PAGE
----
• Use a piece of cardboard or other device to pick up broken glass or loose sharps.  This should be discarded or decontaminated following use.
    • Dispose of sharps in a puncture-proof container labeled "Biohazard".
  • If there is a spill, decontaminate the spilled material with 10% bleach or a similar disinfectant.
  • Use a device, not your mouth to pipette samples.
  • Samples should be kept in unbreakable, leak-proof containers.  Place the primary container in a secondary container when transporting samples or when the primary container has become contaminated on the outside.
  • Decontaminate work surfaces after use using an appropriate disinfectant, such as 1% bleach.
  • Areas where samples are stored should be labeled with a red or orange biohazard sign.
  • If samples are to be mailed or transferred to another location, the container should labeled as a biohazard with a red or orange label.  Any special shipping procedures required by law or by the carrier for biohazard samples should be followed.
  • Further details on laboratory procedures are found in the CDC publication Biosafety in Microbiological and Biomedical Laboratories.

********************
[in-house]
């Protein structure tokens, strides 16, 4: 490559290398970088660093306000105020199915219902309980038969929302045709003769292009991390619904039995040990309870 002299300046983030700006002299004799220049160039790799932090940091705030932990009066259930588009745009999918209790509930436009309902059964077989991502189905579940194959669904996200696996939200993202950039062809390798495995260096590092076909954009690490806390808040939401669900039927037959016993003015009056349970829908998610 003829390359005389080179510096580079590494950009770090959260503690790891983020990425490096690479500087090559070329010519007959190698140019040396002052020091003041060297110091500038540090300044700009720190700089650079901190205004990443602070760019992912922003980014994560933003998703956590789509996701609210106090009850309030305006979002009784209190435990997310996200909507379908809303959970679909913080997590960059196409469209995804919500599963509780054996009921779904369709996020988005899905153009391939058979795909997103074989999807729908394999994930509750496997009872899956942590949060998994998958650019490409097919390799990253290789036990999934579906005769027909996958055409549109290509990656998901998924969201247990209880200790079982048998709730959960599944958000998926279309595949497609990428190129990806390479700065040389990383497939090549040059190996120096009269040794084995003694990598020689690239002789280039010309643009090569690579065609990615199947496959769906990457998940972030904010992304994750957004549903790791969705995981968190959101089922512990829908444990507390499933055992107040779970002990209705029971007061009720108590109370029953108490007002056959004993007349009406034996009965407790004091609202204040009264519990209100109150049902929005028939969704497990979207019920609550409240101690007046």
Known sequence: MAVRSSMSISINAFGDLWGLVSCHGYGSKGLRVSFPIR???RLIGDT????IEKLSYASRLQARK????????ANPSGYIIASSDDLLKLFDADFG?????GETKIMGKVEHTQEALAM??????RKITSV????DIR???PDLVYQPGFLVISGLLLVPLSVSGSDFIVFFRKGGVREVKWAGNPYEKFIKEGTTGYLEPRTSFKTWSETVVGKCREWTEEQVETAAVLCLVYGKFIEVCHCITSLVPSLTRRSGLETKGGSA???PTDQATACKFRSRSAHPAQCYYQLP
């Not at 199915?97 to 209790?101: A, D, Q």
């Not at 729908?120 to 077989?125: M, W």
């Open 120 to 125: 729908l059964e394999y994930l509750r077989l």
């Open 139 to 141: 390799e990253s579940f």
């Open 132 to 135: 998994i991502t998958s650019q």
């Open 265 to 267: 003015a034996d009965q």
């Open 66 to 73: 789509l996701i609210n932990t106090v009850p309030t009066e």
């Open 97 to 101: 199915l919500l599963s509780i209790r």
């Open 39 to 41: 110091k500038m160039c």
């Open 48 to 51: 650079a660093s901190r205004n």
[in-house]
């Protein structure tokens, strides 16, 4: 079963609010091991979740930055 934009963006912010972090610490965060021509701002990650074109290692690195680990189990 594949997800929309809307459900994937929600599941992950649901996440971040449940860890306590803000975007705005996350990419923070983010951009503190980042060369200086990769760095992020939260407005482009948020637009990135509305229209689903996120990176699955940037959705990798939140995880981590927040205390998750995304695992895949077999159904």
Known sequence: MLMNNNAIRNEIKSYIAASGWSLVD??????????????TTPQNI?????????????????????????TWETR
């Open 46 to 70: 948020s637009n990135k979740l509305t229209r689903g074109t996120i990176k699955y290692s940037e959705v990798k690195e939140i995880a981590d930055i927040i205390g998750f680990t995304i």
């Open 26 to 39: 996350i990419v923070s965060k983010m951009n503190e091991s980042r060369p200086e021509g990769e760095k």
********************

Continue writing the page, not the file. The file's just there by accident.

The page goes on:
Exposure to body fluids or tissues

Post-exposure procedures should be followed if there is a needle stick, or exposure of body fluids or fresh tissues to broken skin or a mucous membrane.  Refer to the attached page or, the "Non-human Primate Bite Kit" found in non-human primate housing areas.
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The information contained in this site is intended as a reference for University of Minnesota investigators, and animal husbandry and veterinary staff. Drug information and dosages are derived from a variety of sources and do not necessarily guarantee safety or efficacy. Information obtained through this site should not be relied upon as professional veterinary advice. Any medications administered or procedures performed on animals should only be performed by or under order of a qualified, licensed veterinarian.